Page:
Aug 28, 2018

South Africa announces 2030 renewable energy goals

Renewable Energy
Africa
Coal
Olivia Minnock
2 min
South Africa has announced its latest plans and goals for adding more renewable sources to its energy mix and decreasing its relian...

South Africa has announced its latest plans and goals for adding more renewable sources to its energy mix and decreasing its reliance on coal by 2030.

The Department of Energy has published an updated Integrated Resource Plan, which states that overall renewable energy resources are set to grow to 26% of total energy over the next 12 years.

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At present, 80% of energy in South Africa comes from coal-fired plants which according to Mail and Guardian are around 40-50 years old. Therefore, the country is taking steps to move away from the high-emission fuel as well as diversifying its energy production.

The goals are to reach 11.5GW capacity of onshore wind, 8GW capacity of solar PV and 600MW capacity of CSP (concentrated solar power) by 2030. This will involve the addition of 5.6GW in PV capacity and 8.2GW of wind.

Notably, the country has dropped initial plans to increase nuclear output. On Monday as the plans were released, Energy Minister Jedd Radebe stated: “There will be a study to determine if more nuclear is needed after 2030. But until then, there is no increase in nuclear generation envisaged.”

Following 60 days for the public to comment on the proposal, it will be sent to cabinet to be signed off.

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Jun 7, 2021

Trafigura and Yara International explore clean ammonia usage

Shipping
fuel
Decarbonisation
ammonia
Dominic Ellis
2 min
Commodity trading company Trafigura and Yara International sign MoU to explore developing ammonia as a clean fuel in shipping

Independent commodity trading company Trafigura and Yara International have signed an MoU to explore developing ammonia as a clean fuel in shipping and ammonia fuel infrastructure.

Reducing shipping emissions is a vital component of the fight against global climate change, yet Greenhouse Gas emissions from the global maritime sector are increasing - and at odds with the IMO's strategy to cut absolute emissions by at least 50% by 2050.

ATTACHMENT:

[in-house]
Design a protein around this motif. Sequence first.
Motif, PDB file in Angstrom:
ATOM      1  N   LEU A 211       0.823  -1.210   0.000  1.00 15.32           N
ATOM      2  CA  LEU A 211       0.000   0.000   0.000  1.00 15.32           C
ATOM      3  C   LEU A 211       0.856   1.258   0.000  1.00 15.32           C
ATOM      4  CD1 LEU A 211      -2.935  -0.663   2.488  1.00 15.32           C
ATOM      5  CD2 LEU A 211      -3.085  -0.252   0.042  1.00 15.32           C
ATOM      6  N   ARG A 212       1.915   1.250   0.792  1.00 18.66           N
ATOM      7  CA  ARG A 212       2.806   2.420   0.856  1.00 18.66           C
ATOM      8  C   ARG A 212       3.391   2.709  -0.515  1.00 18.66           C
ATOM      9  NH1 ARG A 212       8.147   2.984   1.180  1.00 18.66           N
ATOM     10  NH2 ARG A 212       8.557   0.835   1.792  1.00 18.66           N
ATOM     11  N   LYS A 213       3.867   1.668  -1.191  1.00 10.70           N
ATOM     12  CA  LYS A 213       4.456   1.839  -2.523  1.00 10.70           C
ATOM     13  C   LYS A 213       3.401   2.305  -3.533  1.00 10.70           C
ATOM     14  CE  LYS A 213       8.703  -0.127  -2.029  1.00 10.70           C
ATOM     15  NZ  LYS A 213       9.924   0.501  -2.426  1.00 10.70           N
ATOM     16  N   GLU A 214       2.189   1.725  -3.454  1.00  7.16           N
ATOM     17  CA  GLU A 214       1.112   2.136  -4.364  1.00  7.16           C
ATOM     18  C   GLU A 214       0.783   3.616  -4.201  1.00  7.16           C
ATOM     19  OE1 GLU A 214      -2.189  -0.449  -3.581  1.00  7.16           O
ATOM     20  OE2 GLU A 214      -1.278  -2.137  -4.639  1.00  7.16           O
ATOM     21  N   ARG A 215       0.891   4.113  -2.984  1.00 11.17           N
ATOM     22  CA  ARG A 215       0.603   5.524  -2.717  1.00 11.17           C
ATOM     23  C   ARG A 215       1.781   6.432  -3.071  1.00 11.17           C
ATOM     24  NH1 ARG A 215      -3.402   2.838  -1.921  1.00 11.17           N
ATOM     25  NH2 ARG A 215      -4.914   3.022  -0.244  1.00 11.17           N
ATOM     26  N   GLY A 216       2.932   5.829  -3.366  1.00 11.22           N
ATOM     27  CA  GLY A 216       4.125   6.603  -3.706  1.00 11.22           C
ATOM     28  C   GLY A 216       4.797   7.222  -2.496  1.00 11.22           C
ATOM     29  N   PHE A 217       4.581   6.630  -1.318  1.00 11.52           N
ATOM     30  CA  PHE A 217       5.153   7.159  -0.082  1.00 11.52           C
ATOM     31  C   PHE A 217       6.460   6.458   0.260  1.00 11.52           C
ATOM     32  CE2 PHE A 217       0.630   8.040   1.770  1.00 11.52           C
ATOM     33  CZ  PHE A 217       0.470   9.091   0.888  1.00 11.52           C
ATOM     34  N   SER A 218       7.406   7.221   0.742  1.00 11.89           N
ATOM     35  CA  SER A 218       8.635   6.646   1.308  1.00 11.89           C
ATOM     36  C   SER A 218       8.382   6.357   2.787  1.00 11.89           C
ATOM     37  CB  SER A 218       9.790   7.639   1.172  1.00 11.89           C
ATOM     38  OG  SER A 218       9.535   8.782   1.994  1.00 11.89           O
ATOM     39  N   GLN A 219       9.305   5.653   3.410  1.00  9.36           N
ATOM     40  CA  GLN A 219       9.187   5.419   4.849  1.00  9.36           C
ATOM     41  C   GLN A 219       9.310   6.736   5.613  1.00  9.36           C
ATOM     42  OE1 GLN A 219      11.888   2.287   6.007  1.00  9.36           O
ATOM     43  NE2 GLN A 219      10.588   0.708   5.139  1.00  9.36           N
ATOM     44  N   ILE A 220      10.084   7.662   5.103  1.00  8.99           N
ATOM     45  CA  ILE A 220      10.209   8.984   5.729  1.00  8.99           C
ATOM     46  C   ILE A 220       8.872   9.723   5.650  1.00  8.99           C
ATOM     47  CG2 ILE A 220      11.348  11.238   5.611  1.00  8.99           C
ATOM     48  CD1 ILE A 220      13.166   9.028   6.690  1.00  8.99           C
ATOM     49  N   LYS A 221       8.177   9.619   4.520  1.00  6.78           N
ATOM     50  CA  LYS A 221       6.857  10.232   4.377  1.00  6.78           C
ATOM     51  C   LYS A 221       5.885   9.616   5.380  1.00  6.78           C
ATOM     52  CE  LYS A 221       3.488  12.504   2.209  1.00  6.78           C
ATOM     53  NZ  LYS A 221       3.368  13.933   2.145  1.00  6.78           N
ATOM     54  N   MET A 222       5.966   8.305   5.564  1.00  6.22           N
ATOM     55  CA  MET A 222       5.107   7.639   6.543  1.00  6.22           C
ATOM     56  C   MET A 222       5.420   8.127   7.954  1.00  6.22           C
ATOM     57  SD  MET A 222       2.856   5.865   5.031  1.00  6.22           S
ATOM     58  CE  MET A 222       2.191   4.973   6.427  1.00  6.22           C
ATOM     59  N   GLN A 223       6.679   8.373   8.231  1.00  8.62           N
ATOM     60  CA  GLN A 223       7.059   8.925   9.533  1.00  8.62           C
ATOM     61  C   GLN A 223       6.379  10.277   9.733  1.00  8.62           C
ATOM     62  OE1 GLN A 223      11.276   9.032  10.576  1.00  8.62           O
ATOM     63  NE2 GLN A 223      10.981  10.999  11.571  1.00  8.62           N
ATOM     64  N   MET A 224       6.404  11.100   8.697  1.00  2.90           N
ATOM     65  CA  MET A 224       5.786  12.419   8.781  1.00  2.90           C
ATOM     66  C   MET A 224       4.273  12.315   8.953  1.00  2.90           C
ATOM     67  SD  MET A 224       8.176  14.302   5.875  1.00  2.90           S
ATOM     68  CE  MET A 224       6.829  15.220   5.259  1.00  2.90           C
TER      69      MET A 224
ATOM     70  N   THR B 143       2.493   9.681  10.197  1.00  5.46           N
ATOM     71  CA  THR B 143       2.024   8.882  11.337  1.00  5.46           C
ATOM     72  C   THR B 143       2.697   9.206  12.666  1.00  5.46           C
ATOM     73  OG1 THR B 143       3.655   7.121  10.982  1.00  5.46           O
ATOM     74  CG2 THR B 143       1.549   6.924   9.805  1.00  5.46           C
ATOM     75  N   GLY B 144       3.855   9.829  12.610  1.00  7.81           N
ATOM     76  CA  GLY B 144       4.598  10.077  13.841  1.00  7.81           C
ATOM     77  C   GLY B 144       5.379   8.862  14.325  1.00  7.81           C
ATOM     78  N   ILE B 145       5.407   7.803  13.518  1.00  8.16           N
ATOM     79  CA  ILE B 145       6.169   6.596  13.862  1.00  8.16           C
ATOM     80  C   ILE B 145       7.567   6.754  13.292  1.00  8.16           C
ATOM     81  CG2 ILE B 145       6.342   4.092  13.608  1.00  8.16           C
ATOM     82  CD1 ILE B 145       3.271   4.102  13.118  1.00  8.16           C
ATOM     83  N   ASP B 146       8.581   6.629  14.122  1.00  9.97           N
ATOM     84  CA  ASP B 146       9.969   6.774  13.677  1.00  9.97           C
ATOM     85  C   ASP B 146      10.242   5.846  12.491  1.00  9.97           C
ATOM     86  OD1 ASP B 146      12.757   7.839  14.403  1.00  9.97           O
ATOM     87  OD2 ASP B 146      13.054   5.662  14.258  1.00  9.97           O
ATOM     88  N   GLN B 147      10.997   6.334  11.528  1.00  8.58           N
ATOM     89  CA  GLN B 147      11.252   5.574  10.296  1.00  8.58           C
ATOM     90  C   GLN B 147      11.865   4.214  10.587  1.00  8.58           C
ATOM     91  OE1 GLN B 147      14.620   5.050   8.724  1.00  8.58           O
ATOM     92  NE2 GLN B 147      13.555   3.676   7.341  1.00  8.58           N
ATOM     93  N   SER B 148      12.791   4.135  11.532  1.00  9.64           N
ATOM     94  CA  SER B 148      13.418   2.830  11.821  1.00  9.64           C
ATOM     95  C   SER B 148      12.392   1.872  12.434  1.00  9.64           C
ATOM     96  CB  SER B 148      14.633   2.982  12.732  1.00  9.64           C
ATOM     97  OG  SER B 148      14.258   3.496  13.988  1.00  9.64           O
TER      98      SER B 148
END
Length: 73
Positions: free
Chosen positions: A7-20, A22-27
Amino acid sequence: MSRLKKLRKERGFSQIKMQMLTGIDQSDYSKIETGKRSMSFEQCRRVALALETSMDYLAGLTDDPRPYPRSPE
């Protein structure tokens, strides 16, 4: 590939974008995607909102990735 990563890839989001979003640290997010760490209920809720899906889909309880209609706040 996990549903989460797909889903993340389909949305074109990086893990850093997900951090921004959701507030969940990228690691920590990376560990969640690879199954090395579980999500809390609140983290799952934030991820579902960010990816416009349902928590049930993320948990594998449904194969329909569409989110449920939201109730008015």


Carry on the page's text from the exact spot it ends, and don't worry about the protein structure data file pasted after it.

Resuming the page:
How more than 70,000 ships can decrease their reliance on carbon-based sources is one of transport's most pressing decarbonisation challenges.

Yara and Trafigura intend to collaborate on initiatives that will establish themselves in the clean ammonia value chain. Under the MoU announced today, Trafigura and Yara intend to work together in the following areas:

  • The supply of clean ammonia by Yara to Trafigura Group companies
  • Exploration of joint R&D initiatives for clean ammonia application as a marine fuel
  • Development of new clean ammonia assets including marine fuel infrastructure and market opportunities

Magnus Krogh Ankarstrand, President of Yara Clean Ammonia, said the agreement is a good example of cross-industry collaboration to develop and promote zero-emission fuel in the form of clean ammonia for the shipping industry. "Building clean ammonia value chains is critical to facilitate the transition to zero emission fuels by enabling the hydrogen economy – not least within trade and distribution where both Yara and Trafigura have leading capabilities. Demand and supply of clean ammonia need to be developed in tandem," he said.  

There is a growing consensus that hydrogen-based fuels will ultimately be the shipping fuels of the future, but clear and comprehensive regulation is essential, according to Jose Maria Larocca, Executive Director and Co-Head of Oil Trading for Trafigura.

Ammonia has a number of properties that require "further investigation," according to Wartsila. "It ignites and burns poorly compared to other fuels and is toxic and corrosive, making safe handling and storage important. Burning ammonia could also lead to higher NOx emissions unless controlled either by aftertreatment or by optimising the combustion process," it notes.

Trafigura has co-sponsored the R&D of MAN Energy Solutions’ ammonia-fuelled engine for maritime vessels, has performed in-depth studies of transport fuels with reduced greenhouse gas emissions, and has published a white paper on the need for a global carbon levy for shipping fuels to be introduced by International Maritime Organization.

Oslo-based Yara produces roughly 8.5 million tonnes of ammonia annually and employs a fleet of 11 ammonia carriers, including 5 fully owned ships, and owns 18 marine ammonia terminals with 580 kt of storage capacity – enabling it to produce and deliver ammonia across the globe.

It recently established a new clean ammonia unit to capture growth opportunities in emission-free fuel for shipping and power, carbon-free fertilizer and ammonia for industrial applications.

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